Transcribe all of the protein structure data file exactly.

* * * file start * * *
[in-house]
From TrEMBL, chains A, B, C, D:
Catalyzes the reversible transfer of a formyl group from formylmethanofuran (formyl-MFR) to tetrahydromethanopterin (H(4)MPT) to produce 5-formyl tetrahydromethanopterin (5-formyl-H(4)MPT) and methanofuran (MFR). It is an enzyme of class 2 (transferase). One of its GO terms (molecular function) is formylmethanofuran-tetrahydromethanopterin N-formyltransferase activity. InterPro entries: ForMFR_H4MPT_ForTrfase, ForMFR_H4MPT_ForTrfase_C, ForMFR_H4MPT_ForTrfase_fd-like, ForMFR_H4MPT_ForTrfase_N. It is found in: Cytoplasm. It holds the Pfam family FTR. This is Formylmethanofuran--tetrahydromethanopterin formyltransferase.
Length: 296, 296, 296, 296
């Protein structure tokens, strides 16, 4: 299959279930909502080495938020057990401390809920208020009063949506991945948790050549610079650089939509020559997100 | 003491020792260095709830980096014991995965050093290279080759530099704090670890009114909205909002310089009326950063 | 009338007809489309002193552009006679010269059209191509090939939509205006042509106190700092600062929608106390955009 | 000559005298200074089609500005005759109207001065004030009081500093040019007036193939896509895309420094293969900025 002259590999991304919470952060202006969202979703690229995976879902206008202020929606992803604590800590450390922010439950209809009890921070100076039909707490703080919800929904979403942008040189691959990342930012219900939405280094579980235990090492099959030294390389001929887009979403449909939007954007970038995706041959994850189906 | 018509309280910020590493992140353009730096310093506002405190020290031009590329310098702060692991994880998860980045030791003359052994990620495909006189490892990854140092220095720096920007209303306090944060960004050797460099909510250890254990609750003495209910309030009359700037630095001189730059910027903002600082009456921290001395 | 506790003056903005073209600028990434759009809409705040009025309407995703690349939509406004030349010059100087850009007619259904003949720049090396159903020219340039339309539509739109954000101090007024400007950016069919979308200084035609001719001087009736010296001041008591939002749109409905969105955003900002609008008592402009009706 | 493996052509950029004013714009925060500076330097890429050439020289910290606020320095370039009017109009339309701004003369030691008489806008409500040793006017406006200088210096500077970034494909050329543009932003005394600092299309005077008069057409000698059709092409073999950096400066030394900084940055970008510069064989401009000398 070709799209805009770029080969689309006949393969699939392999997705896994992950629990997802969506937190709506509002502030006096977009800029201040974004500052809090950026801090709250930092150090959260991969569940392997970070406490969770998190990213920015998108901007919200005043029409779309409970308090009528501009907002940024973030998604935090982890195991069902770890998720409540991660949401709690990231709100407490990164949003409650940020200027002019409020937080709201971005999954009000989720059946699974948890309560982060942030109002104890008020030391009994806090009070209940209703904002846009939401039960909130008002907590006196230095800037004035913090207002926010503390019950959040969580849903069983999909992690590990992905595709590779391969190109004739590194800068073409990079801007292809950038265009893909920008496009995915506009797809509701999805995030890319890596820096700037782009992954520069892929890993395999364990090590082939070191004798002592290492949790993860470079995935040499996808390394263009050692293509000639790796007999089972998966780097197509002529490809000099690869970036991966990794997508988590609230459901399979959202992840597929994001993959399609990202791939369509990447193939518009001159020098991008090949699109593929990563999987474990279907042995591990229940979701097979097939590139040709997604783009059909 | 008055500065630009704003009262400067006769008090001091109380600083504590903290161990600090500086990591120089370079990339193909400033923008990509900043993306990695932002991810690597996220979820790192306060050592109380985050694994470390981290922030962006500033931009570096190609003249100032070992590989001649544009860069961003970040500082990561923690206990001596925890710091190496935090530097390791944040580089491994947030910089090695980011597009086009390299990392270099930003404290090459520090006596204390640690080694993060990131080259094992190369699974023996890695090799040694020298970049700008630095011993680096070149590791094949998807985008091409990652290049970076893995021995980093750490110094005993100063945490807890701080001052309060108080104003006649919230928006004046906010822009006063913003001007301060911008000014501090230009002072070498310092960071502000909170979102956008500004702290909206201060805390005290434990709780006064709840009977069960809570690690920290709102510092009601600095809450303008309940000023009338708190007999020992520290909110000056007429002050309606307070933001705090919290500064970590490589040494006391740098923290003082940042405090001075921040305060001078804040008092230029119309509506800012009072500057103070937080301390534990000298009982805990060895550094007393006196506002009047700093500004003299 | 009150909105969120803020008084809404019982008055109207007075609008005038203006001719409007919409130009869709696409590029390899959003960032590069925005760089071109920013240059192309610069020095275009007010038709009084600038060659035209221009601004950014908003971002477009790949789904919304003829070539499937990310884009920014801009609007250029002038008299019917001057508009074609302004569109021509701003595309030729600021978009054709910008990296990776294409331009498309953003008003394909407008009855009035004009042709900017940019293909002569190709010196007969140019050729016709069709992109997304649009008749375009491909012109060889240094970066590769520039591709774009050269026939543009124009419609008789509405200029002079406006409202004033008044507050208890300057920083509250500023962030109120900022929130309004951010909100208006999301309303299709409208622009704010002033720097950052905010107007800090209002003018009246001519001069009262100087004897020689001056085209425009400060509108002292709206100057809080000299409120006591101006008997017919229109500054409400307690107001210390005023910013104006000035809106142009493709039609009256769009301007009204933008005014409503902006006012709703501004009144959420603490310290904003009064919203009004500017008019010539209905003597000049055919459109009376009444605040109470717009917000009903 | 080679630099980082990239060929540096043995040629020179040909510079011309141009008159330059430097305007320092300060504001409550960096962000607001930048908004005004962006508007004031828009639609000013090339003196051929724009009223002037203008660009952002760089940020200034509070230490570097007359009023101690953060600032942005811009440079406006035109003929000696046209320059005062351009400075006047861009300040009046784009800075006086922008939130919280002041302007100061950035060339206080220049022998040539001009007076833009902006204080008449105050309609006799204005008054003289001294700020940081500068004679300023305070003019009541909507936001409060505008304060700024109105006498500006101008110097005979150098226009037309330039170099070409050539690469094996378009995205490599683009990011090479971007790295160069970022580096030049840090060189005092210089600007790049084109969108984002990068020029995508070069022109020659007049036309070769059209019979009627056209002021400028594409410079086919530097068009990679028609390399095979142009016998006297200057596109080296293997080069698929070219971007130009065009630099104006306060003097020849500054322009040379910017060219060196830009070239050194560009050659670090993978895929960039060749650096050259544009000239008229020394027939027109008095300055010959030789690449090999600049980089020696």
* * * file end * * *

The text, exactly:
[in-house]
From TrEMBL, chains A, B, C, D:
Catalyzes the reversible transfer of a formyl group from formylmethanofuran (formyl-MFR) to tetrahydromethanopterin (H(4)MPT) to produce 5-formyl tetrahydromethanopterin (5-formyl-H(4)MPT) and methanofuran (MFR). It is an enzyme of class 2 (transferase). One of its GO terms (molecular function) is formylmethanofuran-tetrahydromethanopterin N-formyltransferase activity. InterPro entries: ForMFR_H4MPT_ForTrfase, ForMFR_H4MPT_ForTrfase_C, ForMFR_H4MPT_ForTrfase_fd-like, ForMFR_H4MPT_ForTrfase_N. It is found in: Cytoplasm. It holds the Pfam family FTR. This is Formylmethanofuran--tetrahydromethanopterin formyltransferase.
Length: 296, 296, 296, 296
């Protein structure tokens, strides 16, 4: 299959279930909502080495938020057990401390809920208020009063949506991945948790050549610079650089939509020559997100 | 003491020792260095709830980096014991995965050093290279080759530099704090670890009114909205909002310089009326950063 | 009338007809489309002193552009006679010269059209191509090939939509205006042509106190700092600062929608106390955009 | 000559005298200074089609500005005759109207001065004030009081500093040019007036193939896509895309420094293969900025 002259590999991304919470952060202006969202979703690229995976879902206008202020929606992803604590800590450390922010439950209809009890921070100076039909707490703080919800929904979403942008040189691959990342930012219900939405280094579980235990090492099959030294390389001929887009979403449909939007954007970038995706041959994850189906 | 018509309280910020590493992140353009730096310093506002405190020290031009590329310098702060692991994880998860980045030791003359052994990620495909006189490892990854140092220095720096920007209303306090944060960004050797460099909510250890254990609750003495209910309030009359700037630095001189730059910027903002600082009456921290001395 | 506790003056903005073209600028990434759009809409705040009025309407995703690349939509406004030349010059100087850009007619259904003949720049090396159903020219340039339309539509739109954000101090007024400007950016069919979308200084035609001719001087009736010296001041008591939002749109409905969105955003900002609008008592402009009706 | 493996052509950029004013714009925060500076330097890429050439020289910290606020320095370039009017109009339309701004003369030691008489806008409500040793006017406006200088210096500077970034494909050329543009932003005394600092299309005077008069057409000698059709092409073999950096400066030394900084940055970008510069064989401009000398 070709799209805009770029080969689309006949393969699939392999997705896994992950629990997802969506937190709506509002502030006096977009800029201040974004500052809090950026801090709250930092150090959260991969569940392997970070406490969770998190990213920015998108901007919200005043029409779309409970308090009528501009907002940024973030998604935090982890195991069902770890998720409540991660949401709690990231709100407490990164949003409650940020200027002019409020937080709201971005999954009000989720059946699974948890309560982060942030109002104890008020030391009994806090009070209940209703904002846009939401039960909130008002907590006196230095800037004035913090207002926010503390019950959040969580849903069983999909992690590990992905595709590779391969190109004739590194800068073409990079801007292809950038265009893909920008496009995915506009797809509701999805995030890319890596820096700037782009992954520069892929890993395999364990090590082939070191004798002592290492949790993860470079995935040499996808390394263009050692293509000639790796007999089972998966780097197509002529490809000099690869970036991966990794997508988590609230459901399979959202992840597929994001993959399609990202791939369509990447193939518009001159020098991008090949699109593929990563999987474990279907042995591990229940979701097979097939590139040709997604783009059909 | 008055500065630009704003009262400067006769008090001091109380600083504590903290161990600090500086990591120089370079990339193909400033923008990509900043993306990695932002991810690597996220979820790192306060050592109380985050694994470390981290922030962006500033931009570096190609003249100032070992590989001649544009860069961003970040500082990561923690206990001596925890710091190496935090530097390791944040580089491994947030910089090695980011597009086009390299990392270099930003404290090459520090006596204390640690080694993060990131080259094992190369699974023996890695090799040694020298970049700008630095011993680096070149590791094949998807985008091409990652290049970076893995021995980093750490110094005993100063945490807890701080001052309060108080104003006649919230928006004046906010822009006063913003001007301060911008000014501090230009002072070498310092960071502000909170979102956008500004702290909206201060805390005290434990709780006064709840009977069960809570690690920290709102510092009601600095809450303008309940000023009338708190007999020992520290909110000056007429002050309606307070933001705090919290500064970590490589040494006391740098923290003082940042405090001075921040305060001078804040008092230029119309509506800012009072500057103070937080301390534990000298009982805990060895550094007393006196506002009047700093500004003299 | 009150909105969120803020008084809404019982008055109207007075609008005038203006001719409007919409130009869709696409590029390899959003960032590069925005760089071109920013240059192309610069020095275009007010038709009084600038060659035209221009601004950014908003971002477009790949789904919304003829070539499937990310884009920014801009609007250029002038008299019917001057508009074609302004569109021509701003595309030729600021978009054709910008990296990776294409331009498309953003008003394909407008009855009035004009042709900017940019293909002569190709010196007969140019050729016709069709992109997304649009008749375009491909012109060889240094970066590769520039591709774009050269026939543009124009419609008789509405200029002079406006409202004033008044507050208890300057920083509250500023962030109120900022929130309004951010909100208006999301309303299709409208622009704010002033720097950052905010107007800090209002003018009246001519001069009262100087004897020689001056085209425009400060509108002292709206100057809080000299409120006591101006008997017919229109500054409400307690107001210390005023910013104006000035809106142009493709039609009256769009301007009204933008005014409503902006006012709703501004009144959420603490310290904003009064919203009004500017008019010539209905003597000049055919459109009376009444605040109470717009917000009903 | 080679630099980082990239060929540096043995040629020179040909510079011309141009008159330059430097305007320092300060504001409550960096962000607001930048908004005004962006508007004031828009639609000013090339003196051929724009009223002037203008660009952002760089940020200034509070230490570097007359009023101690953060600032942005811009440079406006035109003929000696046209320059005062351009400075006047861009300040009046784009800075006086922008939130919280002041302007100061950035060339206080220049022998040539001009007076833009902006204080008449105050309609006799204005008054003289001294700020940081500068004679300023305070003019009541909507936001409060505008304060700024109105006498500006101008110097005979150098226009037309330039170099070409050539690469094996378009995205490599683009990011090479971007790295160069970022580096030049840090060189005092210089600007790049084109969108984002990068020029995508070069022109020659007049036309070769059209019979009627056209002021400028594409410079086919530097068009990679028609390399095979142009016998006297200057596109080296293997080069698929070219971007130009065009630099104006306060003097020849500054322009040379910017060219060196830009070239050194560009050659670090993978895929960039060749650096050259544009000239008229020394027939027109008095300055010959030789690449090999600049980089020696």